• Meltos: alto saxophones and mellophones
  • Trumpets (usually large enough to warrant their own AI)
  • Low brass: trombone, euphonium, tenor saxophones, and sousaphones
A Marching Hundred drum major in pregame.

Drum Major(s)

The highest student rank in the Marching Hundred is that of drum major. Historically the band has had one drum major (with an occasional instance of two). The 2005 season saw the first instance of two drum majors in recent years and, more notably, the first female drum major of the Marching Hundred. The 2009 edition of the Marching Hundred marked the first time in the bands history when two females were appointed as drum major. Auditions are held yearly for the position of drum major, even if that year's drum majors are returning. While not required, the drum majors have historically used a mace for field presentations and choreographed moves to the shows the Hundred puts on. The drum major is also responsible for whistle commands given to the band.

Undergraduate Staff

The undergraduate staff (or UGS, a single member simply known as an UG) are, as the name suggests, undergraduate student members from every section of the band that are responsible for maintaining their section, coordinating events, horn moves and, most importantly, are responsible for teaching marching fundamentals to rookie members during the initial weeks of the season. UGS are returning members to the band who are voted on by their section-mates at the end of the previous season (during the last meeting of the Hundred).


Hundred Traditions

Concert arcs during The Walk and PowerPlay!

The Walk and PowerPlay!

Following the late football head coach Terry Hoeppner's arrival at Indiana University in 2005 an event known as "The Walk" has preceded every home game. Approximately two and a half hours prior to kickoff the football team walks to the stadium surrounded by a gathering of students and Bloomington residents at the west stairs of Assembly Hall where they are met by "The Rock(y) Fanfare" (the fanfare taken from the popular Rocky films) being played by that week's select group of trumpets. They then follow the walkway to the entrance to the football complex while the Marching Hundred plays the school songs that are performed during pregame. Prior to the teams emergence from Assembly Hall, the Marching Hundred entertains a gathering of people with various songs and selections from their repertoire until the team has passed and the band marches to the field house for a break before pre-game.

PowerPlay! was a concert that the Marching Hundred had prior to pre-game and half-time performances. As of 2005, Powerplay has melded into "The Walk", and both are now one and the same concert/performance. After "The Walk" performance, the band does not perform again until pre-game.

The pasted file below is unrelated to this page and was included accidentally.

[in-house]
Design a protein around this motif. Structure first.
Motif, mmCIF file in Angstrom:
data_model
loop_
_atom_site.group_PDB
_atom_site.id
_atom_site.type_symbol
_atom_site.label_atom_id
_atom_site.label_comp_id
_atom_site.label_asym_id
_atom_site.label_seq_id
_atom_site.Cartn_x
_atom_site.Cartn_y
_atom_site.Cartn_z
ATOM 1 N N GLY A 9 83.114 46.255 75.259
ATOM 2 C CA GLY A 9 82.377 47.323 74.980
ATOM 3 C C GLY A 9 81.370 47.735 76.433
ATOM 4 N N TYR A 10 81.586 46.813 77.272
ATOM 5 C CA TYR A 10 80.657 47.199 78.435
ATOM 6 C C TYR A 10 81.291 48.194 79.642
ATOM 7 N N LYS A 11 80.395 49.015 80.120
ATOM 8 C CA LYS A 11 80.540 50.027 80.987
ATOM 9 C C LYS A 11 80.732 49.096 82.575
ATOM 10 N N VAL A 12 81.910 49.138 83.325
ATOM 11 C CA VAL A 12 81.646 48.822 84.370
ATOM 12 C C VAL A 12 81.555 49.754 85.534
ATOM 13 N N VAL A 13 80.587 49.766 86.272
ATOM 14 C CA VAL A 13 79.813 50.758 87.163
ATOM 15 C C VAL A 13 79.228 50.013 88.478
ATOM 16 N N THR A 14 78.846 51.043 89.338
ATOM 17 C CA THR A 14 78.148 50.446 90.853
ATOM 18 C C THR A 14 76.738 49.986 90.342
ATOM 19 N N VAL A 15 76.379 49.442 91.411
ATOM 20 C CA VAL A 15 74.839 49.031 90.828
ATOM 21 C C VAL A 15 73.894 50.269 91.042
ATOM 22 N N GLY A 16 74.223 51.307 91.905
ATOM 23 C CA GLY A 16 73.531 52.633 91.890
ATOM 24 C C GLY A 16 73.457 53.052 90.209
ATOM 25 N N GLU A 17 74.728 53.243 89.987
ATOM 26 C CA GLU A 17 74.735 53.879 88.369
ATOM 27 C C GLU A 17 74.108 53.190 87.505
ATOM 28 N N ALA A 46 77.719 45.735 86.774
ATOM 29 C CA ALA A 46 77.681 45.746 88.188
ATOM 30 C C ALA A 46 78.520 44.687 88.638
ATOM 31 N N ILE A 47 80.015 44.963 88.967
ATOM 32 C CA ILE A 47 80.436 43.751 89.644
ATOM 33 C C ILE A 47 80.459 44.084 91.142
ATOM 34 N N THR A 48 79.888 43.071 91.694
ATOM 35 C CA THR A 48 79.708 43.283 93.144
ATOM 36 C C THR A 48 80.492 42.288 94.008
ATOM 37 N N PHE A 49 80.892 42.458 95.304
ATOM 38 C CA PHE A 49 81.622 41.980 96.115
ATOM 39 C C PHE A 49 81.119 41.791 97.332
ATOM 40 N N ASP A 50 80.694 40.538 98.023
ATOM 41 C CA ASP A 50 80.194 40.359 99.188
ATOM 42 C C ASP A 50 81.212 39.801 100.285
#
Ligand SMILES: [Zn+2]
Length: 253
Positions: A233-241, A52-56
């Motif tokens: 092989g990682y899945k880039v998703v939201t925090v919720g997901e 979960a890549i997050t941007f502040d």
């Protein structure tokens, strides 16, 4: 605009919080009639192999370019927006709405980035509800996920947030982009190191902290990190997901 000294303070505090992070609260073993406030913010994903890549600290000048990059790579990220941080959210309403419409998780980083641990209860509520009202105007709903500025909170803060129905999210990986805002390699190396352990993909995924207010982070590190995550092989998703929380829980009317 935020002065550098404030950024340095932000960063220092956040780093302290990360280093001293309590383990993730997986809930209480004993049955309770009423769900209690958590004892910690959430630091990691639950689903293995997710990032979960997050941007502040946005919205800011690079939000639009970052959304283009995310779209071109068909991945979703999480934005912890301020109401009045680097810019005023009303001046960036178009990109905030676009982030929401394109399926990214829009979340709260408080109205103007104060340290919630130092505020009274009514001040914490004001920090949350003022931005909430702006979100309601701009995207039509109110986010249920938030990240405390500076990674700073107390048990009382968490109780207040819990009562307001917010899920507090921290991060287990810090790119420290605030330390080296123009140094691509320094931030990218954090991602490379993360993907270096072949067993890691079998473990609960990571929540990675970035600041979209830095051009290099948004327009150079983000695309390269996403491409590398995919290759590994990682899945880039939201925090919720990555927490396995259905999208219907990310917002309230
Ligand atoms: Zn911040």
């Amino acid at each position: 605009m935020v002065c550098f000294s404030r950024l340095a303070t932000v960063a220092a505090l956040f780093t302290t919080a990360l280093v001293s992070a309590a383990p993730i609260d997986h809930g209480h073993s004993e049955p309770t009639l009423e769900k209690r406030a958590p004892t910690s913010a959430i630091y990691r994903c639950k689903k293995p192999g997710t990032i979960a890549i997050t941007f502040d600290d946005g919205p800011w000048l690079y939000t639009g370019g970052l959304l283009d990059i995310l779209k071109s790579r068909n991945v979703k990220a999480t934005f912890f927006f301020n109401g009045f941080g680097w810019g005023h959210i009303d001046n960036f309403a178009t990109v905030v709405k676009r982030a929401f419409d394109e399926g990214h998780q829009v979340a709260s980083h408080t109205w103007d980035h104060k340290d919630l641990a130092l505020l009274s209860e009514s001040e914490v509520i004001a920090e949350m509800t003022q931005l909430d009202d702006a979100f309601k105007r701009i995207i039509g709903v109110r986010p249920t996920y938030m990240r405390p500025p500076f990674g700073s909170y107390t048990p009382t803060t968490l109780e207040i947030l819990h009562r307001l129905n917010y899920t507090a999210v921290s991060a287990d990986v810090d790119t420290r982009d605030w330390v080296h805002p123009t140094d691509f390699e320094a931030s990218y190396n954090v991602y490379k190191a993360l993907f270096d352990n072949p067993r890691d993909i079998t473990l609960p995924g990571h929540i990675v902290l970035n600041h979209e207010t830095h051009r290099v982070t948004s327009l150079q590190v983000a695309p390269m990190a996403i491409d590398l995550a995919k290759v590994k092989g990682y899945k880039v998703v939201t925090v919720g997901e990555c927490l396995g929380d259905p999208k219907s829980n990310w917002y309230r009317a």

March to the Stadium

The Marching Hundred lines up in the Fieldhouse ("home base" for the Hundred on game days) in parade block and begins their march to the stadium. The march consists of alternating drum cadences, in between which are clicks with which the band accompanies with the cheer "Go, IU! Beat the (game day opponent)!" During cadences the Hundred performs a variety of horn moves by section or full band. Upon reaching the stadium the band splits to their respective pregame positions in preparation for pregame.

The "Floating Indiana" formation

Run-On and Pregame

Run-on is the maneuver used by the Hundred to enter the field for pregame. It is a double-time high step marched to the drumline's entry cadence. The double-time step provides for an impressive visual effect, as well as a demonstration of endurance. The band enters from the football complex doors on the back sideline. Upon running-on to their positions, the Hundred begins pregame which is 10-12 minute performance of school songs ("Indiana, Our Indiana," "Indiana Fight!" and, the alma mater, "Hail to Old IU"), the opposing team's fight song, the national anthem, "Back Home Again," and playing as the football team takes the field. Noted formations include the monogram IU, the "floating Indiana", and the "Split-I."

Visitor's Fight Song

During pregame the Marching Hundred traditionally performs the visiting school's fight song. It is followed by a salute to the visiting fans and players.

"Sing, Sing, Sing!"

The Marching Hundred performs an arrangement of the classic 1936 Louis Prima hit "Sing, Sing, Sing" as a signature song. Each year a new drum solo is developed for the middle of the song, although the drumline is featured throughout. The Hundred has choreographed horn moves and dancing, and is noted for its spirit during the performance of "Sing, Sing, Sing."

High School Band Day

High School Band Day is held during one home game's halftime show in which high school bands from Indiana are invited to come play alongside the Hundred. This is an exciting chance for high schoolers to come and see what collegiate marching bands are like and for recruitment of potential Indiana University undergraduate students.

Halftime Shows

For every home game of the year the Marching Hundred puts on a different halftime show. All of these shows have a theme, and consist of three to four songs, one of which is used as a Redstepper feature. Flipfolders are used for halftime as having the music in front of the members allows for greater playing accuracy resulting in a better sound (the only exception to this rule is the piccolo players, who are required to memorize all music). All music is memorized by the full Hundred for the show chosen to take on the road to one away game. The previously mentioned pregame music is required to be memorized following the first game.